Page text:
"There's a better model available, should Dean have the courage to follow it. In the late 1950s, after Adlai Stevenson had lost to President Eisenhower for the second time, DNC Chairman Paul Butler created the Democratic Advisory Council as a policy voice for the party. Its membership included a number of governors, major figures from past Democratic administrations, party leaders and a few members of Congress willing to ignore the objections of the two Texans who then ran Congress, Sam Rayburn and Lyndon Johnson, both of whom distrusted Butler's motives."
Lee Bandy of The State offered up a Sunday story about the latest 2008 poll numbers which show Sen. McCain and Sen. Clinton as the front runners, but some South Carolina Republicans say if McCain were to run he has a lot of in-state work to do. LINK
Thomas Beaumont of the Des Moines Register covered Tom Tancredo's journey to Iowa, where the Colorado congressman reiterated his I'll-run-if-I-must (read: "if-no-other-GOP-candidiate-speaks-up-for-tighter-immigration-control") '08 stance. LINK
Howie Kurtz in the Washington Post neatly does a column's worth of reasons why Ed Klein's book has been virtually shut out by most news entities. LINK
The Washington Post's Michael Shear writes that Gov. Mark Warner "gave a speech to the Arizona Heritage Dinner that focused on where national Democrats need to go -- and what kind of person they need to pick -- if they want to recapture the White House and the Congress from Republicans." LINK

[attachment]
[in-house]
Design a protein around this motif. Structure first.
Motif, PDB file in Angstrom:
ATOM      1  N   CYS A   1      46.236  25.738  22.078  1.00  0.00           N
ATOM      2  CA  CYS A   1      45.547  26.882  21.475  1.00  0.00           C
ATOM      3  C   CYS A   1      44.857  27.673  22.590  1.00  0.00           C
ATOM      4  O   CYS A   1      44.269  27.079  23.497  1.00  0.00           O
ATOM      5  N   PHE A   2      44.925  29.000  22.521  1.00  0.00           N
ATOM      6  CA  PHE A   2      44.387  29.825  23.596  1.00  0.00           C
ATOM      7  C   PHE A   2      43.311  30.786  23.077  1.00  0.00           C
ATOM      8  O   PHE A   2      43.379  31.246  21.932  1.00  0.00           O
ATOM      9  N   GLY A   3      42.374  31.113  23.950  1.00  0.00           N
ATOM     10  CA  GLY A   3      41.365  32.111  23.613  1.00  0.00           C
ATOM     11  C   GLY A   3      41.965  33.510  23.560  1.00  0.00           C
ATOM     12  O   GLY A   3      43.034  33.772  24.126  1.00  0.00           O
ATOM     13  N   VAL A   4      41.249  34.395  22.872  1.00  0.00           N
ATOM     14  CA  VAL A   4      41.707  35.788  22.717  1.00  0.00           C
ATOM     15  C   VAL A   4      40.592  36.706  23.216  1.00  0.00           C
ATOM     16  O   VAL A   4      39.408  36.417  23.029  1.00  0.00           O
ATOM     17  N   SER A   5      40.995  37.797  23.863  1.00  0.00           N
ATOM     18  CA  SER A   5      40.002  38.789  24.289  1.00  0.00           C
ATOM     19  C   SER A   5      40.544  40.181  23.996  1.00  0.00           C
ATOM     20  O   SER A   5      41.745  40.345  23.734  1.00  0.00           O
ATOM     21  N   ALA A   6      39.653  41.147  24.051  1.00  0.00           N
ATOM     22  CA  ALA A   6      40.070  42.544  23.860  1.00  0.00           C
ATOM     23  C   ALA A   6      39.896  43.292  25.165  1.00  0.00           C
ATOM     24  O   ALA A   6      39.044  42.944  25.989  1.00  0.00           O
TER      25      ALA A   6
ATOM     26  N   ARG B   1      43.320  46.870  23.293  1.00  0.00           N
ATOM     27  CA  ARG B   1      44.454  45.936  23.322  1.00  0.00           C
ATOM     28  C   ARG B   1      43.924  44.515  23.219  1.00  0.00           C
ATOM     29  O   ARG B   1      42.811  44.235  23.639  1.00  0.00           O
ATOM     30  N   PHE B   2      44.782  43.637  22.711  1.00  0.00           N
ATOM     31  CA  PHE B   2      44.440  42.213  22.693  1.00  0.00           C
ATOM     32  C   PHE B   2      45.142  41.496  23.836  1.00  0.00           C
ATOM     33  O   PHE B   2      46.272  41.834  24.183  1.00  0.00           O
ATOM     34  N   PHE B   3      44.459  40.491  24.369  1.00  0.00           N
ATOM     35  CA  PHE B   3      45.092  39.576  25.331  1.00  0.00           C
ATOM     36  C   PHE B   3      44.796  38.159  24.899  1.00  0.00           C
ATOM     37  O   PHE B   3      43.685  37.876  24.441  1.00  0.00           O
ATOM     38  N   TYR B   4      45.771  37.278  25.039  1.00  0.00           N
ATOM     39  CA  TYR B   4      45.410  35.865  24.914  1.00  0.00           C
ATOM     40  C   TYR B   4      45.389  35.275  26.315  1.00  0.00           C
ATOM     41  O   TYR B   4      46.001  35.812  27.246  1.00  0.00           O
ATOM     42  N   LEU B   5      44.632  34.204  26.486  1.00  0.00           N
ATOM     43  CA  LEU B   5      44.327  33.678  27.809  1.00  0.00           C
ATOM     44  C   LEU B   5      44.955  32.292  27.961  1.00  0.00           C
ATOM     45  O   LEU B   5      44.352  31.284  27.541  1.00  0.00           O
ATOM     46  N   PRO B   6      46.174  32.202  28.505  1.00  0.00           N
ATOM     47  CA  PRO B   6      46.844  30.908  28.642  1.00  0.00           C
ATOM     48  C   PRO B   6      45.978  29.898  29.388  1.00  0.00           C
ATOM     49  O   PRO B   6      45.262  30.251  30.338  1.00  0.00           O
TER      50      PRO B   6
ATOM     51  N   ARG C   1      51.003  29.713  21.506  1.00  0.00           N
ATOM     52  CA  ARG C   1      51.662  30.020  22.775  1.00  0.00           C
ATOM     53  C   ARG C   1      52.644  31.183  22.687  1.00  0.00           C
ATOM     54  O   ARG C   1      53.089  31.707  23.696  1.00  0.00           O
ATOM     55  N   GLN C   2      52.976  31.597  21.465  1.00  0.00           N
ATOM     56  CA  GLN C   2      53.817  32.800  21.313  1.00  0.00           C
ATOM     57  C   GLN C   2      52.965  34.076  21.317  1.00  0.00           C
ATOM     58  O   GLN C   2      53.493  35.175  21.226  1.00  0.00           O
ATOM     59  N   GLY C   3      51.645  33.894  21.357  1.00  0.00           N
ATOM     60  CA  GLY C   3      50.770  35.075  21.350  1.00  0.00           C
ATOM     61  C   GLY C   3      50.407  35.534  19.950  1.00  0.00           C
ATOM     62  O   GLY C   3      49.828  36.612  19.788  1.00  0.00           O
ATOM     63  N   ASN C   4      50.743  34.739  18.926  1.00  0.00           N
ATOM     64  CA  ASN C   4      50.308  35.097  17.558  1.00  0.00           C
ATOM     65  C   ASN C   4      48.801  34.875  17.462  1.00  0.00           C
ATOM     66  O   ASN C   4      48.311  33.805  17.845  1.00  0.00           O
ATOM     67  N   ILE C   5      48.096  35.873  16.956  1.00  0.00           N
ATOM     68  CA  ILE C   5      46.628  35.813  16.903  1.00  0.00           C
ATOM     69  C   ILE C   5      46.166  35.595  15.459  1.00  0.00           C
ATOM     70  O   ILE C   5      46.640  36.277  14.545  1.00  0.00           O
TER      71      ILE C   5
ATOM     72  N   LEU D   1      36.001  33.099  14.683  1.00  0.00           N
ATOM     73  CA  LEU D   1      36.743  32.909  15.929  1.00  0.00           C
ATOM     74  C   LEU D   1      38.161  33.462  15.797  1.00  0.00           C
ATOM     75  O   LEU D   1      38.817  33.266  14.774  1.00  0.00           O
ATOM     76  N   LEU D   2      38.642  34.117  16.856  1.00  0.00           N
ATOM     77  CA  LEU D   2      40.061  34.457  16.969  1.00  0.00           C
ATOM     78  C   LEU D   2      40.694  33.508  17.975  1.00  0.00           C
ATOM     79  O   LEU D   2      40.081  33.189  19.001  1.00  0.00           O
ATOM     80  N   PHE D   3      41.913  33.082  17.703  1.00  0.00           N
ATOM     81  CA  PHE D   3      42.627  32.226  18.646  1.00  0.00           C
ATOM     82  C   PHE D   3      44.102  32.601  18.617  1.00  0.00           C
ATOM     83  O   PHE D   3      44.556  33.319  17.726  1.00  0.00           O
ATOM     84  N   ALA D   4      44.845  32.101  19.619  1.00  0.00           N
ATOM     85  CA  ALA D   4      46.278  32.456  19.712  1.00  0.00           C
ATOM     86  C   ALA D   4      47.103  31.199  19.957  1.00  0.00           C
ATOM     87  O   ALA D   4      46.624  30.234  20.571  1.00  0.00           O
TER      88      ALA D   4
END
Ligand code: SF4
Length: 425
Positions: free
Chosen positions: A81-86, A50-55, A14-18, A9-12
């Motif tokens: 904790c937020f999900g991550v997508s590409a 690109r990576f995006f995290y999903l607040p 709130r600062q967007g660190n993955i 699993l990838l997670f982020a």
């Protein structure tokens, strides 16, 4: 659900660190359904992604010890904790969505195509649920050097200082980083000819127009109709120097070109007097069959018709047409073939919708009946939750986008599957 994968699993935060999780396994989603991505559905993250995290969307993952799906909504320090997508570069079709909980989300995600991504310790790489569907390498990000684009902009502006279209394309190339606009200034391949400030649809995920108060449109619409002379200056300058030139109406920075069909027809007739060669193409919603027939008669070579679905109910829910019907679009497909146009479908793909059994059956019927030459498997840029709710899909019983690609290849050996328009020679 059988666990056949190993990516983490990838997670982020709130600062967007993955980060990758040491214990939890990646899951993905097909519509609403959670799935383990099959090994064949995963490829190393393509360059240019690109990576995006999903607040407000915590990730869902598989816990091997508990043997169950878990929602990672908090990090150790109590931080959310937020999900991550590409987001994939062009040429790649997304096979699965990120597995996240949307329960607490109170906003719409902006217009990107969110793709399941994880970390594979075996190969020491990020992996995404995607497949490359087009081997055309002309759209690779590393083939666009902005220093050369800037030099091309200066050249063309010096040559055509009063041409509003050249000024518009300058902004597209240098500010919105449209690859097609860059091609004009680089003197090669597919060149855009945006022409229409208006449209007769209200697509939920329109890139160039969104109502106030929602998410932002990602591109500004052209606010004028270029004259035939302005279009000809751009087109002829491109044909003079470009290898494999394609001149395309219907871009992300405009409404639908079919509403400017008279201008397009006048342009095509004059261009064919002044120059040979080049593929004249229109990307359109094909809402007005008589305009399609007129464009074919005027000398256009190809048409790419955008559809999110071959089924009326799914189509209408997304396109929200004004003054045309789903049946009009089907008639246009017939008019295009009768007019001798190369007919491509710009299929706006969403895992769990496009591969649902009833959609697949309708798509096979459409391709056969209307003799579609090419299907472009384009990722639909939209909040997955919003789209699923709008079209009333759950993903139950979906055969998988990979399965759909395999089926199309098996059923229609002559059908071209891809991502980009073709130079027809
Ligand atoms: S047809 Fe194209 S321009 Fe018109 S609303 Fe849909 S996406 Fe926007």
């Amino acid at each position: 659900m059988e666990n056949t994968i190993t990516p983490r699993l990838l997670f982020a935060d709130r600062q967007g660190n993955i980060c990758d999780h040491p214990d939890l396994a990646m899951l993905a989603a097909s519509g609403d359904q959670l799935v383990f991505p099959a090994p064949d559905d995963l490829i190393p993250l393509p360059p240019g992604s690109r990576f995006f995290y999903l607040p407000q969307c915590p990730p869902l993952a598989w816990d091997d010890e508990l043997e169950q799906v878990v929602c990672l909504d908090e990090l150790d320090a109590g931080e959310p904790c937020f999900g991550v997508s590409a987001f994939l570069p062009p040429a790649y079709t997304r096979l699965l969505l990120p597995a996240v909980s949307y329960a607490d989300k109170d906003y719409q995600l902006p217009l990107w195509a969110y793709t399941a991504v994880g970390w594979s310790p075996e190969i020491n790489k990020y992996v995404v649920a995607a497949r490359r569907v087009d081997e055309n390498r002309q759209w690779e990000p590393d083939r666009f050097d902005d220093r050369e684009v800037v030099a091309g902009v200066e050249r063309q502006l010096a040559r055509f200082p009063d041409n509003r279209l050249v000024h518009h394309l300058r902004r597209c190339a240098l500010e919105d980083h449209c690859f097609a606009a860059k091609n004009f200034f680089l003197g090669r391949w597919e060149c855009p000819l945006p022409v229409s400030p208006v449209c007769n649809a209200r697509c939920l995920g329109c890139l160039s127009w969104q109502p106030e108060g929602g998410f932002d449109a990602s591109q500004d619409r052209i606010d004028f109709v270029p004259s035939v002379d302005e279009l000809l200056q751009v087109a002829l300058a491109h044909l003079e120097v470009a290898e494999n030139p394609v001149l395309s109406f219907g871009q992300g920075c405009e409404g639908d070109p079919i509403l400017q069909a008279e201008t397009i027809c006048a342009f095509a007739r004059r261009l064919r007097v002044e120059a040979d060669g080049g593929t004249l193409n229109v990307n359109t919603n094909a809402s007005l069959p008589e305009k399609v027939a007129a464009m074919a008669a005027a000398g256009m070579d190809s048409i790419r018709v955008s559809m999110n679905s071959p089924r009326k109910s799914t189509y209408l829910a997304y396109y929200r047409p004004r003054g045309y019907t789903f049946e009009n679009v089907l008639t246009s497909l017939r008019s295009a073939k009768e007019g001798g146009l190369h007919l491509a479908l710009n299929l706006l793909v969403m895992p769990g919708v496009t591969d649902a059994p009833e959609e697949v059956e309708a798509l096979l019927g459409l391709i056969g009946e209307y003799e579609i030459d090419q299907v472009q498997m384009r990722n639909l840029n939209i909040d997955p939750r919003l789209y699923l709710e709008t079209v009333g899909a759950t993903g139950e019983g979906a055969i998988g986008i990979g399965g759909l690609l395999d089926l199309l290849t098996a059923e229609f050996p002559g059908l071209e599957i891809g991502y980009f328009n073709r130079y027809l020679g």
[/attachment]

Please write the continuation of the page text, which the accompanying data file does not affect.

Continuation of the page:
"Warner is 'very impressive. He's got all the right stuff,' said Judy Kennedy, the chairwoman of the Maricopa County Democratic Party."
"'He's still a diamond in the rough when it comes to presidential politics,' Kennedy said after listening to Warner's 35-minute speech. 'We loved Hillary. But I think we're realists. I don't know whether she could win the election.'"
(Note question: how do other Post Metro reporters feel about Shear busting the budget on these out-of-state trips? Or is National picking this up?)
Scott Brooks of the Manchester Union Leader reports on Evan Bayh's (not-yet) presidential candidate status as the Senator visits the Granite State. Note the Buckley/Bayh banter too. LINK
Perhaps an editor at the AP insisted on a strong lede or perhaps the AP writer in Colorado had not yet heard Sen. Clinton's 2005 standard stump speech, but we don't see much that is new or newsworthy here. LINK
And here is Sen. Clinton using the Alfred E. Neuman line with the New York Daily News editorial board in April 2005: LINK